I don't want you to grovel in your job search -- heck, my job-search approach is called the Grovel-Free Job Search. I don't want you to gush in your cover letters about your talents and your sterling character, because we don't behave that way in normal, adult conversation. I don't want you to be treated like dirt in the selection pipeline and to be required to fill out endless forms before you've ever interacted with a human being. But following up on a resume doesn't need to be grovelly.

If someone advertised a Sting Ray bike with a banana seat on Craigslist and you wanted it, you might call or email a few times. A couple weeks later if you had a free moment and the bike ad crossed your mind, you might reach out again. During that third week if you called the bike-seller and he said "Oh man, I got so behind, I sort of forgot that I placed that ad. Do you want to come see the bike tomorrow?" you might go see it. You wouldn't feel grovelly calling that guy. Your persistence would have made you the bike's new owner. Wouldn't you feel like a sharp cookie then?

Hiring managers and HR people are unbelievably information-overloaded. Those 13 voicemail messages or missed calls don't register to them the way we might believe they do. "Ha ha, we'll keep this Russ waiting, we can afford to! He needs a job, ha ha!" No one is thinking that way. They have their own problems. These guys are beset and besieged. (You still want to work in corporate America? :-)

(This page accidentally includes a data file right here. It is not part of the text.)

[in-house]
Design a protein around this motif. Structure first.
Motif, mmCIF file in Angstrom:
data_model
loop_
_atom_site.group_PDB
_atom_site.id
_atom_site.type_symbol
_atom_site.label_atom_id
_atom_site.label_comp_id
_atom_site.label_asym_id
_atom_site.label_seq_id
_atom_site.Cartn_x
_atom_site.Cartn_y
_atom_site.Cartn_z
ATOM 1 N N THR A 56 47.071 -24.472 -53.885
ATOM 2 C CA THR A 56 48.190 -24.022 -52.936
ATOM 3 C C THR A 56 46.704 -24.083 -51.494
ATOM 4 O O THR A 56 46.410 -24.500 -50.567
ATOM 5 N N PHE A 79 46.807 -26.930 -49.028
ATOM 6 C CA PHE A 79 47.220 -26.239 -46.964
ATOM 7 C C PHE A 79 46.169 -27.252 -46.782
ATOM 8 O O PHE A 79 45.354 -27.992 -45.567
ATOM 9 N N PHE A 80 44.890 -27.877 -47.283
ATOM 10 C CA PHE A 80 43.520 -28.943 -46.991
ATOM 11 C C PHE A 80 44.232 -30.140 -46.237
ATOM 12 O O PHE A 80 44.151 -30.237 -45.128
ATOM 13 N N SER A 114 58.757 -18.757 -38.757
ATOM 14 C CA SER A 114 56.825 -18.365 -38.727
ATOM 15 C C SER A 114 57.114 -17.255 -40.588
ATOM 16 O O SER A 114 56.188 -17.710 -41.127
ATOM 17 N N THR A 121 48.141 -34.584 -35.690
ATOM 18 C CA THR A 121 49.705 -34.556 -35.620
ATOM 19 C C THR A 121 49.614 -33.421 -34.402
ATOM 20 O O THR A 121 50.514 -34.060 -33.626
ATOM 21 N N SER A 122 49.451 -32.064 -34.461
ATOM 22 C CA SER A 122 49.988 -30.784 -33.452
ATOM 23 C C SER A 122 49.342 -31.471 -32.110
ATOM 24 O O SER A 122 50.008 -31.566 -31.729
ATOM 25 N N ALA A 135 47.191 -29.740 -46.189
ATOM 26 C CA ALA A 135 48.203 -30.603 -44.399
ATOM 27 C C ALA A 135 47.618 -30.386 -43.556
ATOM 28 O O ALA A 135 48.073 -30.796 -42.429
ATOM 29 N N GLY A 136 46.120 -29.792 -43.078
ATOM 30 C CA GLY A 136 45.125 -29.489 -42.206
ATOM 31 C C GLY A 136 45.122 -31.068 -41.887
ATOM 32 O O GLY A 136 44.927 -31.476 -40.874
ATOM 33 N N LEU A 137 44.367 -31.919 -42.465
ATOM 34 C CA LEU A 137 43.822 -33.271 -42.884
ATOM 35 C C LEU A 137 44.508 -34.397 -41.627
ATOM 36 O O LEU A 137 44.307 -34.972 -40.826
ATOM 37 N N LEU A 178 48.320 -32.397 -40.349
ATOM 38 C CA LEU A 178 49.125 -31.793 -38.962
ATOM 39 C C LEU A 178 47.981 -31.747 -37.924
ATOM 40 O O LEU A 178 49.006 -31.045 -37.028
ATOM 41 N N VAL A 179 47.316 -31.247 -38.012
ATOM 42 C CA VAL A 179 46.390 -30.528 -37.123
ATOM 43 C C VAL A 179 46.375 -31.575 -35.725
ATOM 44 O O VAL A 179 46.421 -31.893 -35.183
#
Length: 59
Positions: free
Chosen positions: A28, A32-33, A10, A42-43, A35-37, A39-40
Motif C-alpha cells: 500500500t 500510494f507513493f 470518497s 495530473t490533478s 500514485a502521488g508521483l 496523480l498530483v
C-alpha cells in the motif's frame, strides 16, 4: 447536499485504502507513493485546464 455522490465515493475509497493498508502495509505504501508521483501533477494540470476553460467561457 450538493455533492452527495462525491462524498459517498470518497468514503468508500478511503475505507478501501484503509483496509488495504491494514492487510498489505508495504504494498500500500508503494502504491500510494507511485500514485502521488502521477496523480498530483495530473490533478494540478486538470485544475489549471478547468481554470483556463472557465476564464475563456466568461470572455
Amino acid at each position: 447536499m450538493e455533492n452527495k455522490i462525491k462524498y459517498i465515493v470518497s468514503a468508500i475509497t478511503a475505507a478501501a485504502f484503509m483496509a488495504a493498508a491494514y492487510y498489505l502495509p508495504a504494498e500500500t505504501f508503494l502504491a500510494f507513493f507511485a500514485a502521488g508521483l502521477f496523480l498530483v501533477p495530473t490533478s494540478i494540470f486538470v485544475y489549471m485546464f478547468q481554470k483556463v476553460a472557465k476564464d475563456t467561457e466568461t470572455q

The key is to keep every interaction feeling like the first call. If you're game to take your emotions out of the equation, pick up the phone once a week and say "Hey, it's Russ Jones calling, not sure whether you're all set for your marketing coordinator by now or whether you're still on the hunt -- I'm happy to talk if you have time," you may surprise yourself. That's what happened to the two MBA candidates I mentioned earlier, and it happens to people every day.

Here's why. A manager runs an ad. He gets deluged with responses and he's feeling flushed with success (I was a corporate HR leader for a million years -- that's how I know.) He sets up interviews with five or six people. Then comes the letdown. He meets the people -- he's underwhelmed.